BEIRUT: A Lebanese MP has said opposition parties have reached consensus on a presidential candidate, in an apparent breakthrough that could end a seven-month power vacuum.

Fadi Karam, of Lebanese Forces, told Arab News that “all signs were positive” that the Free Patriotic Movement, a one-time ally of Hezbollah, had agreed to endorse the nomination of Jihad Azour, currently the director of the Middle East and Central Asia Department at the International Monetary Fund.

“We reached an agreement with the FPM and we are looking for the right time to announce it officially,” he said after opposition parties met on Friday. “Each party might announce its stance, but what’s certain is that the FPM endorses Azour and will announce its stance individually.”

He said announcements could be made before Monday.

Karam added that Azour’s backers were “communicating with other parties, including the Progressive Socialist Party, the Moderation Bloc, and independents,” to secure more votes to secure the necessary 65 votes for Azour’s election. “Signs are positive,” he added.

Lebanon has been in constitutional crisis since Michel Aoun left the presidential palace seven months ago. There have been 11 failed election sessions by MPs since then, prompting the parliament speaker, Nabih Berri, to say that he would refuse another unless “at least two serious presidential candidates are presented”. He warned that “disruption and intimidation would be of no use or benefit.”

Hezbollah, the Amal Movement and their allies support the candidacy of former minister and head of the Marada Movement, Suleiman Frangieh. The FPM was Hezbollah’s ally before turning against it after it endorsed Frangieh’s candidacy.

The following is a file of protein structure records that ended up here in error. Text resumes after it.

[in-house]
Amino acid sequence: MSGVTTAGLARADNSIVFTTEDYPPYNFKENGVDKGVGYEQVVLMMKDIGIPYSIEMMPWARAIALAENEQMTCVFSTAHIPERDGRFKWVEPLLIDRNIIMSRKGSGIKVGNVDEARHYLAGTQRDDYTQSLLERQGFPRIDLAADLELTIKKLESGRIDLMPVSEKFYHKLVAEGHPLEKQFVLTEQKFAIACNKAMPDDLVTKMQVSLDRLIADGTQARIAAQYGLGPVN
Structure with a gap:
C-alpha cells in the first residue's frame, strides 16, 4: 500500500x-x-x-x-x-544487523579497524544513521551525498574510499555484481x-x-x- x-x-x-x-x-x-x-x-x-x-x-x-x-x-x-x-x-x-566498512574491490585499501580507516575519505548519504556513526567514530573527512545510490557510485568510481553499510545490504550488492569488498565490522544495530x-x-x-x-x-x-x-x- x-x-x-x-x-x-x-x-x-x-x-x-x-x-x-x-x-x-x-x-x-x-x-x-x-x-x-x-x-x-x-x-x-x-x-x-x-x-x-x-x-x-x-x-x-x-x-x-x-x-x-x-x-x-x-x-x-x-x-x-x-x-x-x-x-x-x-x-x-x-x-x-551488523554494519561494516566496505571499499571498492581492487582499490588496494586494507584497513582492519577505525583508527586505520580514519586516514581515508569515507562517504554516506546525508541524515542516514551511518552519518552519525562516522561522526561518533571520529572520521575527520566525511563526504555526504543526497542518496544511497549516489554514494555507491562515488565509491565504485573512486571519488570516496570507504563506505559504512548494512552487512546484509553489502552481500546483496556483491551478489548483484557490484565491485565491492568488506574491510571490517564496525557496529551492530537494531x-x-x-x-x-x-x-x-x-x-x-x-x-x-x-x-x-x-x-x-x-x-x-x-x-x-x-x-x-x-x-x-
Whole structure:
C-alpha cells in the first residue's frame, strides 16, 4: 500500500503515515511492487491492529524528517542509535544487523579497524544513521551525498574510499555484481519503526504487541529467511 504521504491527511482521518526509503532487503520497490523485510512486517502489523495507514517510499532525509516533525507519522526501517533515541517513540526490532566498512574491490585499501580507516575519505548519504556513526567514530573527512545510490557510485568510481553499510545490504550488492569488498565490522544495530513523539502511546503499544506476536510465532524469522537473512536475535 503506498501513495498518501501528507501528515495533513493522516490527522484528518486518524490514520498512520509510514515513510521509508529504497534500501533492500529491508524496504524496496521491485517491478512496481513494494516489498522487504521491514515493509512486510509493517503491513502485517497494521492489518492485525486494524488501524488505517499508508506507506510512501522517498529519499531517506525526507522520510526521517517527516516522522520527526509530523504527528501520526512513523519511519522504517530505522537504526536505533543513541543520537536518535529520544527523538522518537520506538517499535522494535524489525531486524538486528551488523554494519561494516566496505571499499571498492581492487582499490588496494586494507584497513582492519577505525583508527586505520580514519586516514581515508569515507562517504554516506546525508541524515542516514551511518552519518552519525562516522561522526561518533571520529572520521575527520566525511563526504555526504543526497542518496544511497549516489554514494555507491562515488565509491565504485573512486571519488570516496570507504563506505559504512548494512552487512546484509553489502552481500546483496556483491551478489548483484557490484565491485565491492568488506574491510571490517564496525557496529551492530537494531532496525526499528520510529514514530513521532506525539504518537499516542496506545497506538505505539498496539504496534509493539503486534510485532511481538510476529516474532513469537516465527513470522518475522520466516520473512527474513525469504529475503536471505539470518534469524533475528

Azour was first put forward by Christian parties and their efforts are now mainly focused on getting the FPM to approve his nomination.

Some other opposition parties meanwhile have supported Michel Mouawad.

Maronite Patriarch Bechara Al-Rahi is among the opposition forces pressing speaker Berri to schedule an electoral session.

“Berri should have called a meeting two months before the end of former president Michel Aoun’s term, but some people violate the constitution,” Al-Rahi said after returning from a trip to the Vatican.

He said the Vatican and France had asked him to “work internally with other components, so Christian parties would agree on a presidential candidate” and that he would speak to anyone, “including Berri and Hezbollah.”

Barbara Leaf, US assistant secretary of state for the Bureau of Near Eastern Affairs, said that the US administration was considering sanctions on Lebanese officials for their continued obstruction in the election of a new president.

She added in a statement: “The administration is very disappointed in the current situation in Lebanon, and is cooperating with its local and European partners to push the Lebanese parliament to carry out its duties.

“The Lebanese people’s representatives failed at doing their job, and the parliament speaker failed at holding parliamentary sessions since last January to allow deputies to nominate presidential candidates and vote for them to elect a president.”

In a visit to Lebanon in March, Leaf had warned against “the collapse of Lebanon as a state” and said that time had “started to run out.” She was surprised that there wasn’t “any sense of urgency on the part of many political leaders and deputies.”

Reformist MP Waddah Sadek said he was confident that two “serious candidates” would be officially nominated by the end of this week.

“The first serious candidate is Frangieh. Before next Monday, the second serious candidate will be announced, after receiving the approval of many parliamentary blocs and deputies,” he said.

“We will be looking forward to a speedy parliamentary session next week. If anything happens and the quorum is lost, we will consider this a new obstruction and a blow to what’s left of the country’s democracy, if any.”